An almost old-fashioned modern gangster novel

The Bothy by Trevor Mark Thomas

Someone had warned Tom to stay away from Stephanie’s funeral.

A fantastic opening line! I was hooked by this thriller right from the start.

I could see it on the big screen in my mind all the way through too. Think of any British gangster film from recent years of the Lock, Stock & Two Smoking Barrels ilk, add Ray Winstone, maybe even Jason Statham instead of the late Brian Glover, then mix in some vintage feel from Get Carter, get Magnus Mills to write the screenplay in the mode of his own debut The Restraint of Beasts with some of the menace and regret from Iain Banks’ Stonemouth, and get Tarantino to direct in a wintery Yorkshire with all the claustrophobia of The Hateful Eight.

OK – I’d cut the pitch down to simply ‘Tarantino in Yorkshire’! (And, before anyone who knows this novel corrects me – despite the actual location of this novel being just inside Lancashire, it doesn’t have quite the same ring, and as Gary explains on page 4, Frank had moved the ‘Welcome to Lancashire’ signs so he could say his pub was in Yorkshire!)

Tom has to get out of town. His girlfriend Stephanie died in a car accident, and her parents believe he killed her. They’ve put a price on his head. So Gary arranges for Tom to disappear up to Yorkshire the Lancashire dales, where Frank who owns an isolated pub called The Bothy would look after him. Gary drops him at the pub and heads straight off back to Leeds. Going inside, Tom has to endure the ‘you’re not from round these here parts’ taunts from the three men in the seedy pub, while they all wait for Frank. Tom discovers there’s no mobile phone signal. Tom is eventually sent through.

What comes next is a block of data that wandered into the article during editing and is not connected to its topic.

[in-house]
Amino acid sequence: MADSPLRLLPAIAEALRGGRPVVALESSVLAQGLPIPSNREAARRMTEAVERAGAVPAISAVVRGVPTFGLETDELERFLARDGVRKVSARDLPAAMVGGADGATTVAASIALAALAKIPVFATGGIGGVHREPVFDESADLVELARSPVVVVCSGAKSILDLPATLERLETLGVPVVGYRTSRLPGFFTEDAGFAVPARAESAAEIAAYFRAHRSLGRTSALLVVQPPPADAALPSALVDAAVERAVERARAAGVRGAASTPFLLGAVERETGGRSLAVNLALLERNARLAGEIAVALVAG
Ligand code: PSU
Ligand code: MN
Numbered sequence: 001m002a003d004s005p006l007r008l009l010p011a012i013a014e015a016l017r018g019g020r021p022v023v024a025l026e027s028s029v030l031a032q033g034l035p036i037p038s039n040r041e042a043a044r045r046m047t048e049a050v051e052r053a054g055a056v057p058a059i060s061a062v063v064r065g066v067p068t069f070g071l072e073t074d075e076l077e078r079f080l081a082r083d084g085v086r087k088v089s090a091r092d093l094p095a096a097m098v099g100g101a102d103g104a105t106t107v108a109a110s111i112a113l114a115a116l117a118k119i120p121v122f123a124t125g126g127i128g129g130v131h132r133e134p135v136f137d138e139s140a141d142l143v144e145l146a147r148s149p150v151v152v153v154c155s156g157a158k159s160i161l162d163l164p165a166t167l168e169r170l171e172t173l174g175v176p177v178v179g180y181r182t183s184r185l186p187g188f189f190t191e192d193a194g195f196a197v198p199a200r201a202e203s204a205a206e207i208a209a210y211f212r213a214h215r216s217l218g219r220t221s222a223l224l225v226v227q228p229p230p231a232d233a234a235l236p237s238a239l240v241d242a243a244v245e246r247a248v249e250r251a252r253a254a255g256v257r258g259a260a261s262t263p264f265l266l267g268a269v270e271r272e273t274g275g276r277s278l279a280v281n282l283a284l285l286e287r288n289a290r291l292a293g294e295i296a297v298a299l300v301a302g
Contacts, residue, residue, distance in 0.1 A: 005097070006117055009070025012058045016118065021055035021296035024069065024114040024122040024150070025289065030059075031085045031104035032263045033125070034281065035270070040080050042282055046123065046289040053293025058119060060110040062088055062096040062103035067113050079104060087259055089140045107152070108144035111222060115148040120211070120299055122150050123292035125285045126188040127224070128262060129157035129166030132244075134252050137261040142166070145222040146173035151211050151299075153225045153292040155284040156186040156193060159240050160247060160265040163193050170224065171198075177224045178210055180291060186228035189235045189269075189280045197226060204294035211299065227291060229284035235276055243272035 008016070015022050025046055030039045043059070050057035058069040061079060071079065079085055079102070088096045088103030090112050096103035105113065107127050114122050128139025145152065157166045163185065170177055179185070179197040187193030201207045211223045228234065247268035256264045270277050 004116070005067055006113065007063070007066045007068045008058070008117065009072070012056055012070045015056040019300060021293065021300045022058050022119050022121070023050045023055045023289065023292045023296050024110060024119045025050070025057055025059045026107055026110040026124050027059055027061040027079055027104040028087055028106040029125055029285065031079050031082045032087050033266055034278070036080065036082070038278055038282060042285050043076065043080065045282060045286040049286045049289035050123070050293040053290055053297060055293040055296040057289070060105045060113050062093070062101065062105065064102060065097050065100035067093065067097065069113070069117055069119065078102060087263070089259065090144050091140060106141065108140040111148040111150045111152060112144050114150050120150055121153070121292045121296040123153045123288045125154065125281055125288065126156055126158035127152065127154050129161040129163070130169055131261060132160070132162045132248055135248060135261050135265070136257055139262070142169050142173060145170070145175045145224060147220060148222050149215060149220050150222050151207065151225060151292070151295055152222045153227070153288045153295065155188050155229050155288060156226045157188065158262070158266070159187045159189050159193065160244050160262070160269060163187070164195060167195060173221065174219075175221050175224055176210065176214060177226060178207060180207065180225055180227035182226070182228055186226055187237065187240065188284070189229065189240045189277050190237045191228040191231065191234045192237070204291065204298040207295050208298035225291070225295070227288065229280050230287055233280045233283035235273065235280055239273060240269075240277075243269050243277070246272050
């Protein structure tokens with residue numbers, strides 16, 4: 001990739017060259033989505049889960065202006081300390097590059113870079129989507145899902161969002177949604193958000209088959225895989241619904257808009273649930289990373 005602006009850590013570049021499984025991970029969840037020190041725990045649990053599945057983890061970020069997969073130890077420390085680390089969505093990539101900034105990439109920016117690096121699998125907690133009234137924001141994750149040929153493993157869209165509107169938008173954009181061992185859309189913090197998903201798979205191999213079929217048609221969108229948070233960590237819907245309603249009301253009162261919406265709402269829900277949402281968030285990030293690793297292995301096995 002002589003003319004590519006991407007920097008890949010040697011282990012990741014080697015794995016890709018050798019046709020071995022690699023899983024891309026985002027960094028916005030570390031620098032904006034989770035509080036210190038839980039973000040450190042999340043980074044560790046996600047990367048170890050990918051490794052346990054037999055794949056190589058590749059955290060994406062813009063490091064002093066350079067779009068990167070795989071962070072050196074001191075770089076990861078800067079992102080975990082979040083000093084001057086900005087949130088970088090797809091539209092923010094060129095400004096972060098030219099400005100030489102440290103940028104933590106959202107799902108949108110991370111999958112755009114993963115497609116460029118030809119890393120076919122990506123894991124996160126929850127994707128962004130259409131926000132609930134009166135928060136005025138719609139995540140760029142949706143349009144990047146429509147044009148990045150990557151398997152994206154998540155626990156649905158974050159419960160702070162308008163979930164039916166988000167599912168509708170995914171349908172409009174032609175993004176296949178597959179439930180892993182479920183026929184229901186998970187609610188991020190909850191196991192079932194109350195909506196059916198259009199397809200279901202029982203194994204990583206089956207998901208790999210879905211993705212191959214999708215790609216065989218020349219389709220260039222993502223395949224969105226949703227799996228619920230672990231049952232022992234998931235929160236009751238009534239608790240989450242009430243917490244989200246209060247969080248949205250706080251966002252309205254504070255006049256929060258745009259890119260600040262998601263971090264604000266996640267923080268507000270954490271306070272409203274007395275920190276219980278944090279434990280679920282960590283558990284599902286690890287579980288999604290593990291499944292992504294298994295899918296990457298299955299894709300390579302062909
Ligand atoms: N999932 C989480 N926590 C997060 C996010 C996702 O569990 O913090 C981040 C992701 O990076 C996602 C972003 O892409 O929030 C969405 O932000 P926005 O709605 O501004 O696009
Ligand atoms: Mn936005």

He entered a murky room. It looked more like a workshop than an office. There was a heavy smell of sweat and alcohol. … A middle-aged man sat at a plastic table. He had a bottle of whisky in front of him and held a bag of frozen peas over his right eye. His nose was bulbous and mottled. He wore brown corduroy trousers held up by braces the colour of fresh lemons.

Frank agrees to help and Tom must muck-in with his band of men – Tucker, Braudy and Ken, the three in the pub. He can live in the caravan in the yard. A couple of days later, there’s a job for them to do after breakfast, digging holes – Braudy and Tucker can’t decide whether it was three holes or four – anyway they’re to be six feet long, three feet wide and four feet deep. They jokingly, but seriously, tell Tom to put on two pairs of underpants, something he regrets not doing after hours out in the cold later. Holes dug, they return to the pub. Later Wayne and his men arrive.

‘Thought there were going to be five holes for us.’

From this point on it’s clear that there’s a professional rivalry between Frank and Wayne – and this coupled with various of the men finding out about the price on Tom’s head drives the action – that and Cora. It’s not clear why Cora is staying at the Bothy, but Frank is protective of her, especially when the predatory Wayne is around. She and Tom strike up a friendship, another thing that makes Frank’s men more jealous of him. As the days go by and the weather worsens, the atmosphere continues to get more intense and claustrophobic. Something is going to happen…